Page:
The purpose of this thesis is to increase the understanding of the internationalisation process of Swedish SMEs. Therefore, it is aimed to identify the influencing factors of the internationalisation process of Swedish SMEs; particularly to reveal the impact of influencing factors which determine exporting decisions of already exporting Swedish SMEs.
Because a lot of researches have been realised on MNEs we will not consider these larger companies in our thesis. Thus, our study is focused on Swedish SMEs having already started doing international business by sporadic direct exports or indirect exporting. We concentrate on export modes, especially on agents, distributors and sales subsidiaries.
1.6 Theoretical Relevance
We strive to contribute to already existing theories about influencing factors concerning their export mode by investigating what influence Swedish SMEs to change or not to change their indirect exporting mode to a direct one. We claim that existing theories about influencing factors do not cover SMEs in a broad extent; hence we aim to fill this gap.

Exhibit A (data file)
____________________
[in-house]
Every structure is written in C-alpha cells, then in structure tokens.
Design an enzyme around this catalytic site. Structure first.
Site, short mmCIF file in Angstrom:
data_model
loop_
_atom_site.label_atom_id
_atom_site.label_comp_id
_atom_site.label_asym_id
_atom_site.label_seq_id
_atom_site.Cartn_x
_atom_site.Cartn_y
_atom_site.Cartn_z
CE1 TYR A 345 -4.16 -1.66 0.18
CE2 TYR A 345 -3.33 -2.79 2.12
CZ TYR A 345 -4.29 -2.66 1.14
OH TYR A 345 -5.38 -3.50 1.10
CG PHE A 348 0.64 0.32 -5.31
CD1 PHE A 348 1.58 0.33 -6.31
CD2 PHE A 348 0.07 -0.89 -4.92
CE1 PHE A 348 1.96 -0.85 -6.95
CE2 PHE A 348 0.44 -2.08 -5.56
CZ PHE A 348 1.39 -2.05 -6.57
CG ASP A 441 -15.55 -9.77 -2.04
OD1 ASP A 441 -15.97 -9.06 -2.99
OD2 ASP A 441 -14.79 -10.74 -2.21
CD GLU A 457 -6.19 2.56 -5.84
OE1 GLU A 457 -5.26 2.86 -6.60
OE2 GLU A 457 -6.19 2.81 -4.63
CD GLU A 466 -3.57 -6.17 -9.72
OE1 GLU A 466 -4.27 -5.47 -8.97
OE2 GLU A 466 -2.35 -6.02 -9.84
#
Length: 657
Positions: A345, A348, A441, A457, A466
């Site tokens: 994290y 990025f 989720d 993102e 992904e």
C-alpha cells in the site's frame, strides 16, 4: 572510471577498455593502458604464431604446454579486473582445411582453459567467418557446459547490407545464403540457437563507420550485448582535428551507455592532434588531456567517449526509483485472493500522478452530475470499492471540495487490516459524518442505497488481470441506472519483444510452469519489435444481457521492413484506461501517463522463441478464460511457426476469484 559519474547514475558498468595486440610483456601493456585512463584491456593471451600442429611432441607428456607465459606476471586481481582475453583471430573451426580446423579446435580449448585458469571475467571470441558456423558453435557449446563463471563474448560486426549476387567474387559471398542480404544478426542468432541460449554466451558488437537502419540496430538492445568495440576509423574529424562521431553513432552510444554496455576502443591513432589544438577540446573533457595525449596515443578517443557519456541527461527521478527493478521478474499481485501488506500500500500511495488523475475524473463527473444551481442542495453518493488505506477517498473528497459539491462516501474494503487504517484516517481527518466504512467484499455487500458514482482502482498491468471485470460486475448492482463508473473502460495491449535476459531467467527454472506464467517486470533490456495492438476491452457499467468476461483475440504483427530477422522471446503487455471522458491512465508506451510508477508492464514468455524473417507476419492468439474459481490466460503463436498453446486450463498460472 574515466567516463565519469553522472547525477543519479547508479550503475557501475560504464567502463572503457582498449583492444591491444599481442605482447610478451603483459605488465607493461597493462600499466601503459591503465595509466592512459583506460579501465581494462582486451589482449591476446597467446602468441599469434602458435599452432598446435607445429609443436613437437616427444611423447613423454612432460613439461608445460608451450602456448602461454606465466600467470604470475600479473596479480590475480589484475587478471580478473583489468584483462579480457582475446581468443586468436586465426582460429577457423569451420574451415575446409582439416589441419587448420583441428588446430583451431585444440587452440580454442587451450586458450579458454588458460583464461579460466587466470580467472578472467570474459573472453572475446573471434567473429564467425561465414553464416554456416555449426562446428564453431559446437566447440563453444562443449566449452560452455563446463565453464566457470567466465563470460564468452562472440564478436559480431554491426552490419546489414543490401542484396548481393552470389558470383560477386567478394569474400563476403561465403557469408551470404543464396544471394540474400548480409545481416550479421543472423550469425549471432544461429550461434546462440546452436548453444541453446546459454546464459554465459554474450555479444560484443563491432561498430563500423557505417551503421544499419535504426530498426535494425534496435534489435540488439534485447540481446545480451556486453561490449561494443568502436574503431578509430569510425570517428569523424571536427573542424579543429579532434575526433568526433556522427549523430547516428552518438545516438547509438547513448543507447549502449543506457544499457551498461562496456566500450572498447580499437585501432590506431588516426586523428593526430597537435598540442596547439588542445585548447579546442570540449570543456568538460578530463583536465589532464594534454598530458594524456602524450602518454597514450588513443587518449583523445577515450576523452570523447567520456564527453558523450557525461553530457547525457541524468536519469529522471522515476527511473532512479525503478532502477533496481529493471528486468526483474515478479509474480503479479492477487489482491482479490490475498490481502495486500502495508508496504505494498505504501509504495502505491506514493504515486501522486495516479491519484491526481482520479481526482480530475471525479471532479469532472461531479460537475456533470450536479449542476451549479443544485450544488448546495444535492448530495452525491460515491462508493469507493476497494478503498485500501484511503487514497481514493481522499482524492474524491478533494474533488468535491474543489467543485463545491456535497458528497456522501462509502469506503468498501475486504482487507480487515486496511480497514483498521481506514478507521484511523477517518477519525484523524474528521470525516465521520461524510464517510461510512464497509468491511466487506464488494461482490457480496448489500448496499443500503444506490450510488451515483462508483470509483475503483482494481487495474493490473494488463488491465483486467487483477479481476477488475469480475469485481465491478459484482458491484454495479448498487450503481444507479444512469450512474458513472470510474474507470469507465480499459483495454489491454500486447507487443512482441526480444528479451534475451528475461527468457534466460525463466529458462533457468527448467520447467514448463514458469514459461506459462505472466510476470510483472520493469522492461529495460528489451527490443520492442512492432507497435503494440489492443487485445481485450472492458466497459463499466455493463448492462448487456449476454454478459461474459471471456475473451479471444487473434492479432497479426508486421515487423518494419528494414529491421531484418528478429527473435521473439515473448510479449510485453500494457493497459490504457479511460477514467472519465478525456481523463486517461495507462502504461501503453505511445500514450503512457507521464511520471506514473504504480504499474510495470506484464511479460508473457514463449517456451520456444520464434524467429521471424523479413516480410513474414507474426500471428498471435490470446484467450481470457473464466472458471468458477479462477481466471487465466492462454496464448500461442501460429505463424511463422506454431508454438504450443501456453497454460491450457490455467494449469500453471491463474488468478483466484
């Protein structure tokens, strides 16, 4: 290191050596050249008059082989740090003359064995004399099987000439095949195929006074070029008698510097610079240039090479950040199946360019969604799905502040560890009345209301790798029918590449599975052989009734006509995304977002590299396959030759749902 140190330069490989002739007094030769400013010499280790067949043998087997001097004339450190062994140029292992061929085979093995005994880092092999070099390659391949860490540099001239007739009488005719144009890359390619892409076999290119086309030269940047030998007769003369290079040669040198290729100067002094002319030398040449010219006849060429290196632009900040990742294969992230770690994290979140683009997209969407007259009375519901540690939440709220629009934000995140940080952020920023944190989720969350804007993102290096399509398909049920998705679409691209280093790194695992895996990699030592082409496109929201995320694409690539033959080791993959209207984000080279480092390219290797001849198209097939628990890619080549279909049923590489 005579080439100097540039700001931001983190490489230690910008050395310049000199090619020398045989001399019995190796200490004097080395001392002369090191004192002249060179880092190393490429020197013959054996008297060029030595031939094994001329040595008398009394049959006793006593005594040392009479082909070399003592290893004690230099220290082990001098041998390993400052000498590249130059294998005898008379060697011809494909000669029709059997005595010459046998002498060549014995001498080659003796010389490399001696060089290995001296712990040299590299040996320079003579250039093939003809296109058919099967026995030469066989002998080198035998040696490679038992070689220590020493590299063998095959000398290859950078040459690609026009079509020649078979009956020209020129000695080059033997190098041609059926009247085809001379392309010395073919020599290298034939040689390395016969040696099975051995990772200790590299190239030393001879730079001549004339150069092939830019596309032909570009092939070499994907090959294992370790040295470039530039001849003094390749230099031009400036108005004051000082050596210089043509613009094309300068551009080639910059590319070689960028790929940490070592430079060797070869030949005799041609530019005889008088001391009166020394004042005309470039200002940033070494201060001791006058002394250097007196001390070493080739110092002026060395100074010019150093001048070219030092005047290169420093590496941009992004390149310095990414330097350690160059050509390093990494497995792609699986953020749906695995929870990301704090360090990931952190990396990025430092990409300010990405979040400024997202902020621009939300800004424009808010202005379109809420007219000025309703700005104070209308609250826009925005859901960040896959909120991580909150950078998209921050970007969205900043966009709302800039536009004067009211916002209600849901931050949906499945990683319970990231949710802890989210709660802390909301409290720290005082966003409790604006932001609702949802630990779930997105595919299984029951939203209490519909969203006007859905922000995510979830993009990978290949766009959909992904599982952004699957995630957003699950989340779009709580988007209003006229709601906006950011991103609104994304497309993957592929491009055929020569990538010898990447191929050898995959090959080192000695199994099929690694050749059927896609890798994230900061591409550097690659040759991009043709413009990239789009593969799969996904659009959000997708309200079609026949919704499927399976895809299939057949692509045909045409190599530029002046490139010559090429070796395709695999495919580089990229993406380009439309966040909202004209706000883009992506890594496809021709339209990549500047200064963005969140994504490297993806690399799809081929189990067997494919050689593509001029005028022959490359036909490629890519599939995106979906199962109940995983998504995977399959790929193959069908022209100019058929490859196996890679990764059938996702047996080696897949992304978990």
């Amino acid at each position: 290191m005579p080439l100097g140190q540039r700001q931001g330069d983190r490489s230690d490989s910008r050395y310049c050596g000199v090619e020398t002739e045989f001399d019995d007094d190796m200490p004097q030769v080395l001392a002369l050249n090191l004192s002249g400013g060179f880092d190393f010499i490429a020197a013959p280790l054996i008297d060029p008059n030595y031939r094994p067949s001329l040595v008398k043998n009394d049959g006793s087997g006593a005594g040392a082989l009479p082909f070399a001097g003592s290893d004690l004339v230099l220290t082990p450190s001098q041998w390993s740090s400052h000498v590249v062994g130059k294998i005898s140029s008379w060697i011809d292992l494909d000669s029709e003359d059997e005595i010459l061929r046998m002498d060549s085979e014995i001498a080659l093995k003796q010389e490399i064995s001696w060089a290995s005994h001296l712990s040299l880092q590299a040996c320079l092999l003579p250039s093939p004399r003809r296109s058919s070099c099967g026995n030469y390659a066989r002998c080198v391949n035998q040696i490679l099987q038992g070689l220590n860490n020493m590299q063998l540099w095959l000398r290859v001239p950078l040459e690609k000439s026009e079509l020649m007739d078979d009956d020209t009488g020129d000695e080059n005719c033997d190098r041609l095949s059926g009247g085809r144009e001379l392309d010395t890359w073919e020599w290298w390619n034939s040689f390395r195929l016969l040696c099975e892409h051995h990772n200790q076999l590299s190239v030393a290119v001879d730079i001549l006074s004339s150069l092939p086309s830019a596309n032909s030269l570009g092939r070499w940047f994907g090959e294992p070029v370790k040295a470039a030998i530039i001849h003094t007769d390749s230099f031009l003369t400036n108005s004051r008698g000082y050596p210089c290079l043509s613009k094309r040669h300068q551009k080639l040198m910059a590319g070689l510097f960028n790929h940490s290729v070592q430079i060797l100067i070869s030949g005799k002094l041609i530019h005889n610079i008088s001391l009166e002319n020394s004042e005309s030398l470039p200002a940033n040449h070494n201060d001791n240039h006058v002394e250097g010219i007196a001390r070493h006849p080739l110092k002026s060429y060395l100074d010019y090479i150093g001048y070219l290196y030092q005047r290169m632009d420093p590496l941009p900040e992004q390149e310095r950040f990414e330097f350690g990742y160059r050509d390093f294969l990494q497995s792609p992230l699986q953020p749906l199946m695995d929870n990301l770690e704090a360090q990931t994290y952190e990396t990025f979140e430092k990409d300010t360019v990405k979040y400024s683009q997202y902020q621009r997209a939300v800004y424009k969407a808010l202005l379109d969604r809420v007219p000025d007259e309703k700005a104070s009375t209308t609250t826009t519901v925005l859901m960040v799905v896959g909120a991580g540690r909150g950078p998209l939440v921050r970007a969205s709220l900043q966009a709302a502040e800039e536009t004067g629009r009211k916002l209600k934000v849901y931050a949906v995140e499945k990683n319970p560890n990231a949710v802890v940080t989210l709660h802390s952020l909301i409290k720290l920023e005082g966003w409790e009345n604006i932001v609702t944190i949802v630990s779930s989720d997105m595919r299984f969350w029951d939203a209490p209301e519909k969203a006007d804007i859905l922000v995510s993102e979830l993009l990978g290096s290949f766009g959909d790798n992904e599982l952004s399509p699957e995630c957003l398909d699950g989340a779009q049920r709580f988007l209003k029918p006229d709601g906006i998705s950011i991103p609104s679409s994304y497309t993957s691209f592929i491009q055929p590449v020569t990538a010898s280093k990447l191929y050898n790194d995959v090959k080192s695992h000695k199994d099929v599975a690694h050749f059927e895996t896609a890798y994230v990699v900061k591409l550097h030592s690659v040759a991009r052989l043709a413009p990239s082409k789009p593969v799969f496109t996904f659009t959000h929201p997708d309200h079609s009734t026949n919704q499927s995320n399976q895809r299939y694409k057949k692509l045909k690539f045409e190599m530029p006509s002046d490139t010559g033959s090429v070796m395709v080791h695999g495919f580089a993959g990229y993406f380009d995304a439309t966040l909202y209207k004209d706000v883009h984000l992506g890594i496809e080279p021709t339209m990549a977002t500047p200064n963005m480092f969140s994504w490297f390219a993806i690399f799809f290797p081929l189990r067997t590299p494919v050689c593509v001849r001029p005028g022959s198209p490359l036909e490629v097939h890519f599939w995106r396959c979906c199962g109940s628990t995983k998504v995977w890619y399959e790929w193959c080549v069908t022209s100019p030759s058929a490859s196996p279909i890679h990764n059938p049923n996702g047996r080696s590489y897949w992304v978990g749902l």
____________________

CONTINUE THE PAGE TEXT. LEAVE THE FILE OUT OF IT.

1.7 Practical Relevance
This thesis will be useful for Swedish SMEs which currently use indirect exporting and are faced the question to change or not to change their indirect exporting mode within their internationalisation process. Therefore, we will present two applicable models covering the value of the different influencing factors whether to change or not to change their indirect exporting mode. These models are supposed to be valid for Swedish SMEs.